Although data may not be readily apparent to you, theoretically, they can be used to identify someone by means of bypass as well as the programs they set up or with one person.
The concepts can be violated by the EU's GDPR Privacy Statement not only by monitoring data, but also by collecting information that is unauthorized and potentially identifying information. The blame can not be posted to Facebook or developers only. The respective developers' collection of Facebook does not allow you to request access since GDPR comes into force. The social network has already made corrections, but it does not really matter if it works or the developers are doing it right. According to the research, many applications use older versions of the developer kit. Skyscanner noted that it did not know "whether or not" the data was transmitted unauthorized.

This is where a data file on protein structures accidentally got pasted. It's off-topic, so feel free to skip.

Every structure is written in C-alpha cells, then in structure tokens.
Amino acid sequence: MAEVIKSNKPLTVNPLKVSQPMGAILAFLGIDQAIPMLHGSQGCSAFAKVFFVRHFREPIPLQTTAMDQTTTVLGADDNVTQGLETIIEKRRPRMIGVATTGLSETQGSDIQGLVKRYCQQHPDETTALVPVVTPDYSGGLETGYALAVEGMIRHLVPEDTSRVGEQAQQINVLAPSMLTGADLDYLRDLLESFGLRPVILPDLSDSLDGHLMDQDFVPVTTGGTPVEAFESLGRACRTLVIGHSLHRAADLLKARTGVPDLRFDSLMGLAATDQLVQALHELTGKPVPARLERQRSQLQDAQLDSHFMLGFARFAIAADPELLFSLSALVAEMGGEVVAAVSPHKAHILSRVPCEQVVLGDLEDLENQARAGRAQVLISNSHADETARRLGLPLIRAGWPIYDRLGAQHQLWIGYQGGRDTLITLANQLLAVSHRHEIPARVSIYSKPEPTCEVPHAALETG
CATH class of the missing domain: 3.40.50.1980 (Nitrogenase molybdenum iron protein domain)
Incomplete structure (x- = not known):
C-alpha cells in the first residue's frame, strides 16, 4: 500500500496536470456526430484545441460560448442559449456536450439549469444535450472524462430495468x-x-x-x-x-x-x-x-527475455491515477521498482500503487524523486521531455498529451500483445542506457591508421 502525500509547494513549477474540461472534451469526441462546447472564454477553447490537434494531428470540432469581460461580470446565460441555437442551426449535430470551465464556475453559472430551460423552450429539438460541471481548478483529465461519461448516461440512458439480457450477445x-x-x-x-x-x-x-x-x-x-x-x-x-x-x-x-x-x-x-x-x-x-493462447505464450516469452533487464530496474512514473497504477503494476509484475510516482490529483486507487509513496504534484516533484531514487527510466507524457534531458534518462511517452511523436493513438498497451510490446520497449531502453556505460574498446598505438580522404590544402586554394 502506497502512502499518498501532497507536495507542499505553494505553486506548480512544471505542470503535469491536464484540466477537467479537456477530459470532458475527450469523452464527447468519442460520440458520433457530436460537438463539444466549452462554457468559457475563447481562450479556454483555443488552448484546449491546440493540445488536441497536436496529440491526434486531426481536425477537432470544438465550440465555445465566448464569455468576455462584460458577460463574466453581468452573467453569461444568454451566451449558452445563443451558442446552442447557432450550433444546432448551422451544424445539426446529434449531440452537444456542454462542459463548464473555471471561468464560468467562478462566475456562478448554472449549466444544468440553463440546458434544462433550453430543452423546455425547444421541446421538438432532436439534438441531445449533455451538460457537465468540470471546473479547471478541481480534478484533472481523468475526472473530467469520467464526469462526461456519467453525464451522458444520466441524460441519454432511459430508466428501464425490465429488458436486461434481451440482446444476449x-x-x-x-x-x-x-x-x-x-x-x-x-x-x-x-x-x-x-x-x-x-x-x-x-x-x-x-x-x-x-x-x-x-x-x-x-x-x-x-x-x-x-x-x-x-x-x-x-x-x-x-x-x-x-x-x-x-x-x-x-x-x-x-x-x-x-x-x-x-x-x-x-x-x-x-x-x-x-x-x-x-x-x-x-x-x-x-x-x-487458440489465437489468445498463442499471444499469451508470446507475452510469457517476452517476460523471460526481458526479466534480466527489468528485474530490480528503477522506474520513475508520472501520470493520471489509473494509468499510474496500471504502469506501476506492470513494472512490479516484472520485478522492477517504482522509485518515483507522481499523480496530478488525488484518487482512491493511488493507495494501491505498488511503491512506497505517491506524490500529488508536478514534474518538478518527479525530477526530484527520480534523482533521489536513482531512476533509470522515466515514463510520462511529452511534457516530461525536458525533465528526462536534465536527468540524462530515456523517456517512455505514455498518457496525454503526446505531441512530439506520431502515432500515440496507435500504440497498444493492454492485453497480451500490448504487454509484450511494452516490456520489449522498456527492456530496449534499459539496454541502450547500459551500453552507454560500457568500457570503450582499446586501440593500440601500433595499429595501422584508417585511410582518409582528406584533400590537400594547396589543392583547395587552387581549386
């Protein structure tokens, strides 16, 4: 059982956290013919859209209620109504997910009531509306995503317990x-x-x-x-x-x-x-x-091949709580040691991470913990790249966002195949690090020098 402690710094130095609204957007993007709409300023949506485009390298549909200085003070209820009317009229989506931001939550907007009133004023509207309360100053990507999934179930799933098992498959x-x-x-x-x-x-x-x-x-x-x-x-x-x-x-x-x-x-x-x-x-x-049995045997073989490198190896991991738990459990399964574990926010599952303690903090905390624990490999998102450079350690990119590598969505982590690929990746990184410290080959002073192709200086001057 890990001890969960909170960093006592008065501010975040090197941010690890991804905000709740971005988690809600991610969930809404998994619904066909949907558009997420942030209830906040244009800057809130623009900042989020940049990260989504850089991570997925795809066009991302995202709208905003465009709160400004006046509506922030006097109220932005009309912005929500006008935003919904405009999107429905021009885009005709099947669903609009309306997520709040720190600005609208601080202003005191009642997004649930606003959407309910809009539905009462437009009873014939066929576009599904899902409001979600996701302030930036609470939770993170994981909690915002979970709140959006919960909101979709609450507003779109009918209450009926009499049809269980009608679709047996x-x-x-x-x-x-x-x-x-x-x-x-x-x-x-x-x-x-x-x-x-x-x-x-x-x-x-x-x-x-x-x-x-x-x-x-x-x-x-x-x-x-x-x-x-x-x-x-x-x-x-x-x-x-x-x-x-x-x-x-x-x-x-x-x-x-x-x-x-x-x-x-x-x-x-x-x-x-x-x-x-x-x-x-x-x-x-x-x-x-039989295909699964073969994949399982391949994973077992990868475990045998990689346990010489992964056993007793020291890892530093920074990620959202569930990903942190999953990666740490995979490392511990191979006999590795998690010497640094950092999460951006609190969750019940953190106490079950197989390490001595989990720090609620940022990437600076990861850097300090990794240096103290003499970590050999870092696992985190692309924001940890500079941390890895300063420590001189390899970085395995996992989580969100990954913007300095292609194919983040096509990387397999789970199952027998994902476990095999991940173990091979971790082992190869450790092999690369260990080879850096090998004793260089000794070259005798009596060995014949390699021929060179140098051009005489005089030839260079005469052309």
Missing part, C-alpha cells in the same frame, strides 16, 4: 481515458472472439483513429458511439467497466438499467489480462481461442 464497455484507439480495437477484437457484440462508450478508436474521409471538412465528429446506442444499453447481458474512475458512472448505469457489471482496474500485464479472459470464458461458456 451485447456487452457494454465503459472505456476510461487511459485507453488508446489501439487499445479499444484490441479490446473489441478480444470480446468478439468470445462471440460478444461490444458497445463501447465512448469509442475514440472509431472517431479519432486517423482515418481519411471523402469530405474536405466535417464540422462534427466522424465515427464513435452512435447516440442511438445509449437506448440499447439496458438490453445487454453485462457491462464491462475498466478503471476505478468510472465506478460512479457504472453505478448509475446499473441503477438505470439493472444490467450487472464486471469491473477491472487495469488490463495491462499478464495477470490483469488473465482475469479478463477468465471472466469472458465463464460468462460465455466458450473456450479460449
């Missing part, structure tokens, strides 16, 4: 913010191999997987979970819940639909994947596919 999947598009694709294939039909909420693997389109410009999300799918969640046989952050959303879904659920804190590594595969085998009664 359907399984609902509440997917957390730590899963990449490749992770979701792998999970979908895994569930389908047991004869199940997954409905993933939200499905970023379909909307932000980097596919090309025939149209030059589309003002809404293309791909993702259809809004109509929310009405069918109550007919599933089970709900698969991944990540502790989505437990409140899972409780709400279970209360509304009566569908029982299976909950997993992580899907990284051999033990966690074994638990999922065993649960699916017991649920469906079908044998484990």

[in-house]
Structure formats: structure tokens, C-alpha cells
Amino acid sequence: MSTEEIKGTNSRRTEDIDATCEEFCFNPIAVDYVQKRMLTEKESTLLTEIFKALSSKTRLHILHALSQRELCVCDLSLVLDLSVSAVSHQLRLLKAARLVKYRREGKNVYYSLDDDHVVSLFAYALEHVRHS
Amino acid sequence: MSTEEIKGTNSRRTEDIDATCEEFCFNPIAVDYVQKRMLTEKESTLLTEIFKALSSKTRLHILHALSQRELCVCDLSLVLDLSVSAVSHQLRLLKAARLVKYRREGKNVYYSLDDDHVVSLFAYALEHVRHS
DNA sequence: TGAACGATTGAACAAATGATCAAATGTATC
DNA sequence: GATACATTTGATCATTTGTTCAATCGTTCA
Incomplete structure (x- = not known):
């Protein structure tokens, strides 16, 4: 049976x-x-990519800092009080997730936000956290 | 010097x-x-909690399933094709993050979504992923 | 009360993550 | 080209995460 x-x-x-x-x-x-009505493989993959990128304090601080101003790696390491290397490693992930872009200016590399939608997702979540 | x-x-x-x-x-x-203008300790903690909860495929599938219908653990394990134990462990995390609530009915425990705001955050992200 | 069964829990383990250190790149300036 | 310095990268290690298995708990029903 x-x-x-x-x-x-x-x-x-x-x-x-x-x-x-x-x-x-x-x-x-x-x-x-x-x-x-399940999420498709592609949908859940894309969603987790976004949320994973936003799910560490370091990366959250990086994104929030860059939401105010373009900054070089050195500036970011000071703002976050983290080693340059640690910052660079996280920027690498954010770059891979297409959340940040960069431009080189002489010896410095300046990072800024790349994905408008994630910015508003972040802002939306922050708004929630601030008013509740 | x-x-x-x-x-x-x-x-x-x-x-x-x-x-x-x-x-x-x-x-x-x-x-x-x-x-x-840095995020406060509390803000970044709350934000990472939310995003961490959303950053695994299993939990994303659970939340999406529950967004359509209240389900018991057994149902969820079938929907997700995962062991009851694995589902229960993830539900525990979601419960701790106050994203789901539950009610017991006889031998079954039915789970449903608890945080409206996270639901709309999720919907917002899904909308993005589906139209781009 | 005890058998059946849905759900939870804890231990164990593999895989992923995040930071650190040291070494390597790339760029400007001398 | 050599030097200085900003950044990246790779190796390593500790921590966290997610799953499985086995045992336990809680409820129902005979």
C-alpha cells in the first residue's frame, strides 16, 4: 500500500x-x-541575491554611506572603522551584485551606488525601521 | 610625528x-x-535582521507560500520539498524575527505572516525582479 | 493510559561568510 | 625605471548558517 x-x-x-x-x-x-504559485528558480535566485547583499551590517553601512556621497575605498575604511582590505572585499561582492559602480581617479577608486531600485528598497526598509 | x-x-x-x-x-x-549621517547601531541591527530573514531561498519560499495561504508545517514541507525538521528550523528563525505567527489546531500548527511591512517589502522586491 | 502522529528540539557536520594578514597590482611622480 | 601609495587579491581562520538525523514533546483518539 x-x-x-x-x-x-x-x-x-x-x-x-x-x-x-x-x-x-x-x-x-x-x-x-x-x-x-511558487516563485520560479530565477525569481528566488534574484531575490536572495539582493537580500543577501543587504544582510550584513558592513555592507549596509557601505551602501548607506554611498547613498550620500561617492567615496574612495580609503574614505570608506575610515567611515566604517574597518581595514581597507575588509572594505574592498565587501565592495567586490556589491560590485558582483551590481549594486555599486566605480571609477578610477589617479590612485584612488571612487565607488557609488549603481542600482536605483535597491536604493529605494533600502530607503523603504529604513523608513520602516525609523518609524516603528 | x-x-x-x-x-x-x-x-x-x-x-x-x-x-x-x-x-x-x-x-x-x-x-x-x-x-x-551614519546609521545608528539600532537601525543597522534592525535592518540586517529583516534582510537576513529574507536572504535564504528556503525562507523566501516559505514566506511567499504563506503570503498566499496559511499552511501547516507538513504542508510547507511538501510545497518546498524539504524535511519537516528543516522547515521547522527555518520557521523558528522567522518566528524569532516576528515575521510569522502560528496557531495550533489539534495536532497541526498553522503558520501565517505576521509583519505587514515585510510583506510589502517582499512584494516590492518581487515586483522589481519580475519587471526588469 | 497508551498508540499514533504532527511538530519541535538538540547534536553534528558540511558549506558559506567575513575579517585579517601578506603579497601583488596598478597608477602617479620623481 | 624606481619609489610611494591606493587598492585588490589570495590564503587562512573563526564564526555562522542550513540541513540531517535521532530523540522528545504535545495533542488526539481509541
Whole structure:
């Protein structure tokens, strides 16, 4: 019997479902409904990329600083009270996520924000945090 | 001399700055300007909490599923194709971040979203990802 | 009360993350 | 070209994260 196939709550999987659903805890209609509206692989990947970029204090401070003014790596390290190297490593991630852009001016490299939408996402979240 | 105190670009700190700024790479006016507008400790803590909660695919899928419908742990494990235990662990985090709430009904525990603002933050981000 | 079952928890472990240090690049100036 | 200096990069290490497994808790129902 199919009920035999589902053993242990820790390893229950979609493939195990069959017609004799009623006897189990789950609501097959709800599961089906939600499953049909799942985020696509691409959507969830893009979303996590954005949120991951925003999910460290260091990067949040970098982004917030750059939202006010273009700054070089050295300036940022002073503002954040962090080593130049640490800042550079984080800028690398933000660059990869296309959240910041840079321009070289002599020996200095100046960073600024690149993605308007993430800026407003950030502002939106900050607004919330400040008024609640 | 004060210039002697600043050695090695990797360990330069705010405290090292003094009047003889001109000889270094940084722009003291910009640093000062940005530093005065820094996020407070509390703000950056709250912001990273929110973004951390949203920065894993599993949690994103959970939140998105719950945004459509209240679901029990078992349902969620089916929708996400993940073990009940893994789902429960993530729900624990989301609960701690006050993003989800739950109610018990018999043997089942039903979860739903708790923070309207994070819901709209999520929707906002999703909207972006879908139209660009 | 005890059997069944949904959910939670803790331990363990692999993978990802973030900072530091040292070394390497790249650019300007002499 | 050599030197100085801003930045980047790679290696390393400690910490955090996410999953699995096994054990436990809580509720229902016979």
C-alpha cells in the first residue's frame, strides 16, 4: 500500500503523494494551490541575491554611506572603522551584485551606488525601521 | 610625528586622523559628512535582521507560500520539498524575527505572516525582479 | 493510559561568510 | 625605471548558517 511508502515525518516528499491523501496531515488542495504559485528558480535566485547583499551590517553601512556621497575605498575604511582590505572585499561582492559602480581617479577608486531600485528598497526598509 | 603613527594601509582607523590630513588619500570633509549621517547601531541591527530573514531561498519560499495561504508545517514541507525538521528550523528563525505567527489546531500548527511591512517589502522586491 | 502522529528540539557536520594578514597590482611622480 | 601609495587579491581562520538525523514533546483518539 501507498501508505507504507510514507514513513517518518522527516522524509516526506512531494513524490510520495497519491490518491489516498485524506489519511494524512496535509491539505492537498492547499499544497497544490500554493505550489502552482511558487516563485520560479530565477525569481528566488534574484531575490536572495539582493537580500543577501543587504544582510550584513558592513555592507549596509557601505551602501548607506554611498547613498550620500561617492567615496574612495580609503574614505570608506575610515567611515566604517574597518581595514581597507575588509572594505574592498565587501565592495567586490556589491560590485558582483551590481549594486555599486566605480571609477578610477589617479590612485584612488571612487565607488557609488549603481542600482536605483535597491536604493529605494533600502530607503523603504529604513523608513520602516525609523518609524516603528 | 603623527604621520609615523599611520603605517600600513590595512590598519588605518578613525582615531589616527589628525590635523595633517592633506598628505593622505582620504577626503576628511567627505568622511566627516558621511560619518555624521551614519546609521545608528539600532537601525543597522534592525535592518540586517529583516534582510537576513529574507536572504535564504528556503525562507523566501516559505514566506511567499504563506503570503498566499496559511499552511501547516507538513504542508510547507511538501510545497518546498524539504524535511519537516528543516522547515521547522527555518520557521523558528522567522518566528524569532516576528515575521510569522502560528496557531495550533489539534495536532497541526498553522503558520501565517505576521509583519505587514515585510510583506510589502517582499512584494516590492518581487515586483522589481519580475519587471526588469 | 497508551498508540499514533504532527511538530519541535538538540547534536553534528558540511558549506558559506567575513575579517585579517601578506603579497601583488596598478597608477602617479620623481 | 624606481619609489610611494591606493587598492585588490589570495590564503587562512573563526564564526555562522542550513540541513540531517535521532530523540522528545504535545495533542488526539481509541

Facebook responded to Privacy International's responses, saying that it is important for people to "control" their knowledge of both of them when they send data and related to them. Future changes like Clear History also help. The company also noted Financial Times developers can disable automated data retention and postpone the app reviews. However, program makers do not pay attention to these changes or accept them – they may need a storm if they avoid the controversy and the EU penalties.